25. 25. Parallel Virtual File System (PVFS2)● PVFS2 shows that it is possible to build a parallel file system that implicitly maintains consistency by carefully structuring the metadata and name space and by defining the semantics of data access that can be achieved without locking.● This design leads to file system behavior that some traditional applications do not expect. ● These relaxed semantics are not new in the field of parallel I/O. PVFS2 closely implements the semantics dictated by MPI-IO. Los Alamos National Laboratory
  26. 26. Parallel Virtual File System (PVFS2)● PVFS2 also has native support for flexible noncontiguous data access patterns.● For example, imagine an application that reads a column of elements out of an array. To retrieve this data, the application might issue a large number of small and scattered reads to the file system.● However, if it could ask the file system for all of the noncontiguous elements in a single operation, both the file system and the application could perform more efficiently. Los Alamos National Laboratory
  27. 27. PVFS2 Stateless Architecture● PVFS2 is designed around a stateless architecture. ● PVFS2 servers do not keep track of typical file system bookkeeping information such as which files have been opened, file positions, and so on. ● There is also no shared lock state to manage.● The major advantage of a stateless architecture is that clients can fail and resume without disturbing the system as a whole.● It also allows PVFS2 to scale to hundreds of servers and thousands of clients without being impacted by the overhead and complexity of tracking file state or locking information associated with these clients. Los Alamos National Laboratory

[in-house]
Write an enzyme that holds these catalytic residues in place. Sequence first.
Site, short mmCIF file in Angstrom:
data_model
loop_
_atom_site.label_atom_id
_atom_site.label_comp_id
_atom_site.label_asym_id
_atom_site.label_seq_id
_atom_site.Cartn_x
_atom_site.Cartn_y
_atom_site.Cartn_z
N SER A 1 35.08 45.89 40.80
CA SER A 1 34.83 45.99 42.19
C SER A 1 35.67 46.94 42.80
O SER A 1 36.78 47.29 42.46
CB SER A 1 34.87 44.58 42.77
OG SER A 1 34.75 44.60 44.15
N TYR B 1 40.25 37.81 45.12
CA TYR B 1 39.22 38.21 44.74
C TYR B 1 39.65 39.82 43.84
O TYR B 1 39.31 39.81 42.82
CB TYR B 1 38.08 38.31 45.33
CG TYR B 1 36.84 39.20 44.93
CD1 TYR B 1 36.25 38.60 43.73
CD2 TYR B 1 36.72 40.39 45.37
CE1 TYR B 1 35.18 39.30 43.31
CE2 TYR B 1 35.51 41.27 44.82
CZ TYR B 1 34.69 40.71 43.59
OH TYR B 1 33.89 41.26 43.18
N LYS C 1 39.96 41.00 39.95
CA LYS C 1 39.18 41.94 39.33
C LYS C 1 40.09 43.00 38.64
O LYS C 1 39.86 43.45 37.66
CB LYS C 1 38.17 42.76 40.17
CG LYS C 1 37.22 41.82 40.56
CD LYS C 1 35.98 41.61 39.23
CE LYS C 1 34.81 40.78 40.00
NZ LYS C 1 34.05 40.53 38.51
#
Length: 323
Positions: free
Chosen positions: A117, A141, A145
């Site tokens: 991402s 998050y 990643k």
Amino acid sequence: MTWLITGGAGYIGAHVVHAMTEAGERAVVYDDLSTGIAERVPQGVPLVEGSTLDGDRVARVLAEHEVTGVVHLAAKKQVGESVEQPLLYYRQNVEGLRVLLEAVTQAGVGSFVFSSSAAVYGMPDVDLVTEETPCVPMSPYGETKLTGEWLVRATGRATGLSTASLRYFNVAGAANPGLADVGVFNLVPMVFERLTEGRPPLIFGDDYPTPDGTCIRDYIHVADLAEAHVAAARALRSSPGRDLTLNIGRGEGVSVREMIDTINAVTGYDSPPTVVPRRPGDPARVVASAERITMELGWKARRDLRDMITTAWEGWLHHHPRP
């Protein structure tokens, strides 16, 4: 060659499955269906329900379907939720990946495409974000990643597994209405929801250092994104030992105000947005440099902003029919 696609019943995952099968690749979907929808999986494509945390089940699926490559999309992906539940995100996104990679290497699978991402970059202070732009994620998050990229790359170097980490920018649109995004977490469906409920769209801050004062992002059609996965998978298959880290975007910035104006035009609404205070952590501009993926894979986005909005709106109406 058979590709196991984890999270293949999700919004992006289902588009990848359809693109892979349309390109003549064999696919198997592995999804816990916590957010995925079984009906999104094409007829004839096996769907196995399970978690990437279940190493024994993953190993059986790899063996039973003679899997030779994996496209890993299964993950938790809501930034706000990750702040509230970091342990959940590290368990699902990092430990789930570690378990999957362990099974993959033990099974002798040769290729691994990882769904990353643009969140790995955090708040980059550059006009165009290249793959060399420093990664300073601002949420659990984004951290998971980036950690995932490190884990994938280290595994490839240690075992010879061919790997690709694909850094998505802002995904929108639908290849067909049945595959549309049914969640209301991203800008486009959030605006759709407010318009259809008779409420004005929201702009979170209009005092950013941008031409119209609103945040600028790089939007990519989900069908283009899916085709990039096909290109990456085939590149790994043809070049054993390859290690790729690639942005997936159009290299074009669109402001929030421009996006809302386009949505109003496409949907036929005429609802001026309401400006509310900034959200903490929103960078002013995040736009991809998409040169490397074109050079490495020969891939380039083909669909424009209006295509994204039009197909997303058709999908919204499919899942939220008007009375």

28. 28. PVFS2 Design Choices● These design choices enable PVFS2 to perform well in a parallel environment, but not so well if treated as a local file system. ● Without client-side caching of metadata, status operations typically take a long time, as the information is retrieved over the network. This can make programs like “ls” take longer to complete than might be expected.● PVFS2 is better suited for I/O intensive applications, rather than for hosting a home directory. ● PVFS2 is optimized for efficient reading and writing of large amounts of data, and thus it’s very well suited for scientific applications. Los Alamos National Laboratory
  29. 29. PVFS2 Components● The basic PVFS2 package consists of three components: a server, a client, and a kernel module. ● The server runs on nodes that store either file system data or metadata. ● The client and the kernel module are used by nodes that actively store or retrieve the data (or metadata) from the PVFS2 servers.● Unlike the original PVFS, each PVFS2 server can operate as a data server, a metadata server, or both simultaneously. Los Alamos National Laboratory
  30. 30. Accessing PVFS2 File Systems● Two methods are provided for accessing PVFS2 file systems. ● The first is to mount the PVFS2 file system. This lets the user change and list directories, or move files, as well as execute binaries from the file system. ● This mechanism introduces some performance overhead but is the most convenient way to access the file system interactively. ● Scientific applications use the second method, MPI-IO. ● The MPI-IO interface helps optimize access to single files by many processes on different nodes. It also provides “noncontiguous” access operations that allow for efficient access to data spread throughout the file. ● For the pattern in Figure 2 this is done by asking for every eighth element starting at offset 0 and ending at offset 56, all as one file system operation. Los Alamos National Laboratory